Page 23

Real Artists, Real Humans Amy Granat’s gallery vision comes to life in Parapet Real Humans.

BY EILEEN G’SELL + PHOTOS BY ATTILIO D’AGOSTINO

It’s one of those wet spring mornings in St. Louis, the sky a milky gray and the air so dense you could drink it. Driving through the neighborhood, past the swaying oaks and quiet sidewalks, the prospect of encountering high art around the corner seems as likely as rear-ending a giant beanstalk. And indeed there is something magical about first discovering Parapet Real Humans, an art gallery co-founded in September 2015 by visual artist Amy Granat and her Berlin-based collaborator, Annina Herzer. Seated unassumingly on the leafy corner of Sidney Street and Nebraska Avenue with the original wood of its storefront windows veiled in thick brushstrokes of paint, it could easily be mistaken for a business in

transition or an unconventional residence. As Granat opens the door, she reveals clear green eyes and youthful zest undulled by her decades of art-world experience. Stepping into the space itself is like drifting inside a cloud—the walls and floor a soft white, illuminated by the sun alone. Modest in scale but airy, with an original tin ceiling at least 18 feet high, the room blurs the line between public and domestic. “The idea to do Parapet Real Humans grew very organically from my life,” Granat explains after graciously offering a bottled water. “I had gone through many transitions, and wanted to make my professional life blend with what was happening now—both with being a new mother and being in a different kind of city.”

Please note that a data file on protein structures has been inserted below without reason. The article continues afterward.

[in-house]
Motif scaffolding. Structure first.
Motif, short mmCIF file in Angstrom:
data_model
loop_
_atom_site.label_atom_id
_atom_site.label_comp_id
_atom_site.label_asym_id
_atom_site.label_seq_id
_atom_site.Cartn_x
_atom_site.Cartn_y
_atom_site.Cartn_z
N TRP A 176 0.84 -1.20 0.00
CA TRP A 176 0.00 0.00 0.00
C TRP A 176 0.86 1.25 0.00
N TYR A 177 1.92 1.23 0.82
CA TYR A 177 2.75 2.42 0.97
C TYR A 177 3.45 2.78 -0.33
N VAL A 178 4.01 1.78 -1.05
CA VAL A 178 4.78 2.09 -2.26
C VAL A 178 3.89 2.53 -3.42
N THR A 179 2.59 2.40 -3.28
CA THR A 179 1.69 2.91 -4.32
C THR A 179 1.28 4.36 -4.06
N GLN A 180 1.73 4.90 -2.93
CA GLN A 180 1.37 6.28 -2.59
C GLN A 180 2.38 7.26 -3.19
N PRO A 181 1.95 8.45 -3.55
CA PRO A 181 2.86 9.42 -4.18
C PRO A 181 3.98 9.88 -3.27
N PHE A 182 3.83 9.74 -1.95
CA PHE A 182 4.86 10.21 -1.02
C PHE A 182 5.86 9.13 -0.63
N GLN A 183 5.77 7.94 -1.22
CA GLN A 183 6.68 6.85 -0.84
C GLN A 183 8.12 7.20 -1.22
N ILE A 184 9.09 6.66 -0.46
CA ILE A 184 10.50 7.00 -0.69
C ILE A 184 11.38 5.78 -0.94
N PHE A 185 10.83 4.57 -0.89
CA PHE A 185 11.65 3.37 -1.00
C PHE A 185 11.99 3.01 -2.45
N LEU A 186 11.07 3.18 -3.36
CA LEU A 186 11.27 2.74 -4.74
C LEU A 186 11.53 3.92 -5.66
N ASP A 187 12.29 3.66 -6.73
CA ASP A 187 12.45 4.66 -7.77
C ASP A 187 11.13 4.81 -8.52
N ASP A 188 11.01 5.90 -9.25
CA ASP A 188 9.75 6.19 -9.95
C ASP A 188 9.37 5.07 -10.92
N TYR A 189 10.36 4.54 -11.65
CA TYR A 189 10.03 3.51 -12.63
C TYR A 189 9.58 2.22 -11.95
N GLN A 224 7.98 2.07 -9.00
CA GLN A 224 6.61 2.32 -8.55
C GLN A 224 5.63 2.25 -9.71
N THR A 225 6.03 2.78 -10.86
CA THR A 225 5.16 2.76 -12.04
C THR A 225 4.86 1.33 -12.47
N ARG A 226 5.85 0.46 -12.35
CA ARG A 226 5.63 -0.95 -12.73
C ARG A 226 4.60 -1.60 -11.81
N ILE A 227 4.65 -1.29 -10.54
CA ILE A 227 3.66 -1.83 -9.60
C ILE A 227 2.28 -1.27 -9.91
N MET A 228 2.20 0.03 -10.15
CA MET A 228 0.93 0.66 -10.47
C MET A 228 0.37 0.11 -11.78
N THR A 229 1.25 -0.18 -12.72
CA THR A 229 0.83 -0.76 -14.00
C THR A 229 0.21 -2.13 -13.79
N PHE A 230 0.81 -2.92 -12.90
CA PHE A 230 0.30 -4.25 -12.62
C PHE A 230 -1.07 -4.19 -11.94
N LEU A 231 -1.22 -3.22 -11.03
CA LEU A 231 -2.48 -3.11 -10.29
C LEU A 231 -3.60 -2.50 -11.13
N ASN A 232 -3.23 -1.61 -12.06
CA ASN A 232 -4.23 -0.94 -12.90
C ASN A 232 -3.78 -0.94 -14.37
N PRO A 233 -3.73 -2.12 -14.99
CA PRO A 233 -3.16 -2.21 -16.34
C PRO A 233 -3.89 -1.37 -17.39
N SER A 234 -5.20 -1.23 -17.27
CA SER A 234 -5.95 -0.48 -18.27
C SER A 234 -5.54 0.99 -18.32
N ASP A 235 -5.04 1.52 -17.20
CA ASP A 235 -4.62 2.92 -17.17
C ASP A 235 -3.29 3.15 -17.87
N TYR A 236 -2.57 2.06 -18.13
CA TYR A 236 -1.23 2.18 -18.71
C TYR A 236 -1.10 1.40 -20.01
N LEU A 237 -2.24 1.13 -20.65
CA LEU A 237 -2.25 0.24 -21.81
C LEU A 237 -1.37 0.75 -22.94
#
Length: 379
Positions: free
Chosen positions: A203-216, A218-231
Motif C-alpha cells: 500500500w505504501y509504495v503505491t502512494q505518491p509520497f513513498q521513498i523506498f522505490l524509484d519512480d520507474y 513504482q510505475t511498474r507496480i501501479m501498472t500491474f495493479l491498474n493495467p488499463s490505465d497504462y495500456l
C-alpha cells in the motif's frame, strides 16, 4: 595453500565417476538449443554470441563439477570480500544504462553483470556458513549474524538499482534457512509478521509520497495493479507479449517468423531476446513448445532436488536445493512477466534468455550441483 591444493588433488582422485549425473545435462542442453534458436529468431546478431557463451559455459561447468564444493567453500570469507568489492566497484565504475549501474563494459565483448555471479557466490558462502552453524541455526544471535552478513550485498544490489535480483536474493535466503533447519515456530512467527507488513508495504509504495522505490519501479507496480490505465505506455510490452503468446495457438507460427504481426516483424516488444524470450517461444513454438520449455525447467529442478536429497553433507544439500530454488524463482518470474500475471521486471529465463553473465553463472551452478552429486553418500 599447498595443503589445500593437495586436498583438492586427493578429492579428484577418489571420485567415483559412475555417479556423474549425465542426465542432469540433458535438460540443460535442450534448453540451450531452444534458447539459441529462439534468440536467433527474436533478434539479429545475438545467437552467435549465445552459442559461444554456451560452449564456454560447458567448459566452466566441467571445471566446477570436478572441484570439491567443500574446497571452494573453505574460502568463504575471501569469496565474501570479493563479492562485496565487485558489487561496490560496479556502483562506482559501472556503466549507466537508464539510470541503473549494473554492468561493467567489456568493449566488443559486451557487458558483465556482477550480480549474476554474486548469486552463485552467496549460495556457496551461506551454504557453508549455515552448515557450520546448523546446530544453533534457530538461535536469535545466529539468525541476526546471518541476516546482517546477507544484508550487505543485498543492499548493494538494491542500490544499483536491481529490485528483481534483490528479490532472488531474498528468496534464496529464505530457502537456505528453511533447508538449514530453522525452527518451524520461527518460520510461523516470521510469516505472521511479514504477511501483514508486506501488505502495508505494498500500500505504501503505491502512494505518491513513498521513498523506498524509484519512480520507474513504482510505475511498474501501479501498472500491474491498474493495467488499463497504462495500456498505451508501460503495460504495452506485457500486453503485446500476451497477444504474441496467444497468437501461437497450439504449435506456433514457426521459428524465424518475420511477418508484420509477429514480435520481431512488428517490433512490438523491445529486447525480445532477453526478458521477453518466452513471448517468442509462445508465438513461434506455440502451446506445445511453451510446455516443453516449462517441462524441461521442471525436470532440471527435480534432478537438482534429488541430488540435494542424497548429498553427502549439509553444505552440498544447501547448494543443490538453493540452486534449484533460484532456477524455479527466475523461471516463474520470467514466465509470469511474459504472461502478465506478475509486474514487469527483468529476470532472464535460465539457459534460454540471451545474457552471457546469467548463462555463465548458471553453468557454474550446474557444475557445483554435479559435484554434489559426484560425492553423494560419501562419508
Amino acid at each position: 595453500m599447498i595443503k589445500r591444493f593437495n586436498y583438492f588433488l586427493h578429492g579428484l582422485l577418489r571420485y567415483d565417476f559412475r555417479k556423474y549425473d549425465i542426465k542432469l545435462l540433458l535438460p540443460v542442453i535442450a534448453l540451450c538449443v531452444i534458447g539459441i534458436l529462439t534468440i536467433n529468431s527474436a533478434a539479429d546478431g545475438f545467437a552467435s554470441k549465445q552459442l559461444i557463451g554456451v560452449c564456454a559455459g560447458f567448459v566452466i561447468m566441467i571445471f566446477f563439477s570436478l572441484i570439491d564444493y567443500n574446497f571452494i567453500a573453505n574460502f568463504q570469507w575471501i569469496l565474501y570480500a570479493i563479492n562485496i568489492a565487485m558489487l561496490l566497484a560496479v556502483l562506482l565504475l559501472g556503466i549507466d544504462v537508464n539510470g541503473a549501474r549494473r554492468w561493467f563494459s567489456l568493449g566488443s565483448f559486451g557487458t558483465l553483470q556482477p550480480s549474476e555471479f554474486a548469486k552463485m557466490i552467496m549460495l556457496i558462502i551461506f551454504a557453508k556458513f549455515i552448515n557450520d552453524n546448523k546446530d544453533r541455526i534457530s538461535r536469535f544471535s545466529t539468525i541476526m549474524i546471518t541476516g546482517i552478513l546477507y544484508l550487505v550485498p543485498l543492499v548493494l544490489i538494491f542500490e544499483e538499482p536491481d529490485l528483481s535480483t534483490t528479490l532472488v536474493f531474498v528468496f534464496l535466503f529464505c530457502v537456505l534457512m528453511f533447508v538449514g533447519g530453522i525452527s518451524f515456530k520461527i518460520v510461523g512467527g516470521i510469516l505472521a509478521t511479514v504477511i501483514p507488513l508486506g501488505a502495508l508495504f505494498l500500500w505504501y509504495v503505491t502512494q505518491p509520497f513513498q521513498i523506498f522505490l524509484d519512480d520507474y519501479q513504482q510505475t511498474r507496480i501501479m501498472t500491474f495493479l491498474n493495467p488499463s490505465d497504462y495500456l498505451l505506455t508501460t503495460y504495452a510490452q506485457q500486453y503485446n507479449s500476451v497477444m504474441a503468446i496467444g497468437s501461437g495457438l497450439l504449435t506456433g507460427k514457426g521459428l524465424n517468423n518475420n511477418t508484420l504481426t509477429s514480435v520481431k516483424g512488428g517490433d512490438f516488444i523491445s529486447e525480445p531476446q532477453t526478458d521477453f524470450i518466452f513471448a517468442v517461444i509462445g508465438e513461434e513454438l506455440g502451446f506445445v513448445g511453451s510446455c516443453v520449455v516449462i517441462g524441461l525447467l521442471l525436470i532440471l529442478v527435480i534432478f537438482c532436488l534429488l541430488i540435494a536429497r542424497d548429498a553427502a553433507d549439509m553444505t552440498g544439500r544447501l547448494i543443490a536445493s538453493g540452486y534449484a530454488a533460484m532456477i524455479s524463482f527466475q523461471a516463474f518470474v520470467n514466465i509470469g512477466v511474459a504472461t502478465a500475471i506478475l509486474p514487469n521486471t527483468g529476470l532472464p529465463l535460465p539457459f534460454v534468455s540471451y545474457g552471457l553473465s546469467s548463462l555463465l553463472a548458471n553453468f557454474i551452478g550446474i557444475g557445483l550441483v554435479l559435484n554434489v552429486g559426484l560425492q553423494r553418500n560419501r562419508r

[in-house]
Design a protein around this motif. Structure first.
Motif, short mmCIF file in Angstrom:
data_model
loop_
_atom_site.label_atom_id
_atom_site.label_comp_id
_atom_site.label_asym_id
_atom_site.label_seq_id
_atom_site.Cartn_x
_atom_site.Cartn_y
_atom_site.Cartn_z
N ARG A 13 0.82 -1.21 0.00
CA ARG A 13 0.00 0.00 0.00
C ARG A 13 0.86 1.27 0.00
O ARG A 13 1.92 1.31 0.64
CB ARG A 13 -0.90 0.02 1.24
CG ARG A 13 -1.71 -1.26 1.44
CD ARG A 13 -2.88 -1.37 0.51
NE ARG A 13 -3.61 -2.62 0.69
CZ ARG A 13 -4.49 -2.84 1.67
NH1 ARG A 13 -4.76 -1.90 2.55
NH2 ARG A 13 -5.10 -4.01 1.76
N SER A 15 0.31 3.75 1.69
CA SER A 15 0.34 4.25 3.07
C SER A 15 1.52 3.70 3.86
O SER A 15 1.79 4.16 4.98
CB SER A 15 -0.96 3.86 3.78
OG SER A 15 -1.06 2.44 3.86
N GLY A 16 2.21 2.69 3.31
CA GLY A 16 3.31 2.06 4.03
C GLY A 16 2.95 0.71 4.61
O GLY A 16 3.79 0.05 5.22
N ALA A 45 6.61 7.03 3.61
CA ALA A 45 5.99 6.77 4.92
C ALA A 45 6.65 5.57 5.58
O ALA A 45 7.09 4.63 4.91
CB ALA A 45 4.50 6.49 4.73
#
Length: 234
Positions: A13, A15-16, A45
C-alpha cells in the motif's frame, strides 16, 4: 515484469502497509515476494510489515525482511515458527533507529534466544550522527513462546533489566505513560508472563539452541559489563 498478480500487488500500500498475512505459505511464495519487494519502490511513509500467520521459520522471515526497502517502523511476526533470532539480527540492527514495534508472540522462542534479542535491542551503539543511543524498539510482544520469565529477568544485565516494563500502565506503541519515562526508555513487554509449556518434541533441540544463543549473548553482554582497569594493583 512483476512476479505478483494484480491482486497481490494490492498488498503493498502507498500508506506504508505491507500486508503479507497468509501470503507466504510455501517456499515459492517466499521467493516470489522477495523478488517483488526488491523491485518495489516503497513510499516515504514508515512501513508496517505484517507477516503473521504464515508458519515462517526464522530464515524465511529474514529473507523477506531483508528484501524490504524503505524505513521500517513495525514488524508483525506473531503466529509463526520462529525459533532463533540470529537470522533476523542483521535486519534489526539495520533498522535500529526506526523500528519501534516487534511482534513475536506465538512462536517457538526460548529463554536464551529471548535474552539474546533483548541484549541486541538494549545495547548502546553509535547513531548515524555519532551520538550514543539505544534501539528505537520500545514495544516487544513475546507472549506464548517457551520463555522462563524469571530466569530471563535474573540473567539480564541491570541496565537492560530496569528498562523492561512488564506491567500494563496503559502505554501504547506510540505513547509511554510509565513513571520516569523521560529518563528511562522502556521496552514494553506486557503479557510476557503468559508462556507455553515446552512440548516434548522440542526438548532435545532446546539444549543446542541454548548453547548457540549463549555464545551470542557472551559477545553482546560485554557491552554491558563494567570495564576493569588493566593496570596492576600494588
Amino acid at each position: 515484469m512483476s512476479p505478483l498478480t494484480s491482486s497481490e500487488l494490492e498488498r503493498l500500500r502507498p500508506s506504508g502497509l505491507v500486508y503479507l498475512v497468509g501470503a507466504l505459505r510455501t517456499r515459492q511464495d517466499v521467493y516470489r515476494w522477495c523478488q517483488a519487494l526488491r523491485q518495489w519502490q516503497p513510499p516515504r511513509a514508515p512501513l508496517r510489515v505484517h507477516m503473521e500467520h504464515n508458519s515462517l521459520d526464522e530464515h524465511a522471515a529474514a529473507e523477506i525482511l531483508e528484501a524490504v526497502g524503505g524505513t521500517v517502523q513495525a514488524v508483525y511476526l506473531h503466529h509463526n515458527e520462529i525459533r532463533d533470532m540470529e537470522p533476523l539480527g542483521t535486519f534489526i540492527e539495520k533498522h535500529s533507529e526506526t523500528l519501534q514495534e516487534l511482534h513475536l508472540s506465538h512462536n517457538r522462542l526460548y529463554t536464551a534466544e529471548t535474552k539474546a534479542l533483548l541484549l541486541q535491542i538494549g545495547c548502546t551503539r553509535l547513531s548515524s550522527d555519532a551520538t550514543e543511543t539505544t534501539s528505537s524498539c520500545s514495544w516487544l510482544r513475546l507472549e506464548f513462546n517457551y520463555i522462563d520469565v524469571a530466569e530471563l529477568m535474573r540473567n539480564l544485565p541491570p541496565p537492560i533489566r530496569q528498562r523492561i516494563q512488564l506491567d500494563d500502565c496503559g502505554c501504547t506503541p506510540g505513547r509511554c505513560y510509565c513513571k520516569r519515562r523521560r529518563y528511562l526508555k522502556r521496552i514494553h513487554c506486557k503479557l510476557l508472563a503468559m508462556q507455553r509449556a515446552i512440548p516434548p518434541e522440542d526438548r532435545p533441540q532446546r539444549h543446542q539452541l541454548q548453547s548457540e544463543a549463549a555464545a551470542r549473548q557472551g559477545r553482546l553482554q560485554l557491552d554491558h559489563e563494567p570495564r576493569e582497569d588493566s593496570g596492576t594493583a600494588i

A St. Louis native who left in the early ’90s to pursue a BA at Bard College, Granat spent the next 20 years in New York and Berlin, swiftly gaining considerable renown for her structuralist-influenced film projections— showing at galleries in Europe, New York, and Los Angeles, but rarely in her place of provenance. Returning to St. Louis in early 2014 to raise her baby, Granat took the move as an opportunity for renewed creative rigor—both personally and in a broader way that engages the community. As an artist of light—her video installations chronicle the sound of light itself—her attunement to its power is evident in Parapet’s design, which has a hushed, homey quality even while resembling the classic whitecube gallery space. VOLUME 15 // ISSUE 4

ALIVE Issue 4 FEATURE Parapet Real Humans Amy.indd 2

21

6/15/16 1:35 PM

Volume 15 Issue 4  

Let's Come Together

Advertisement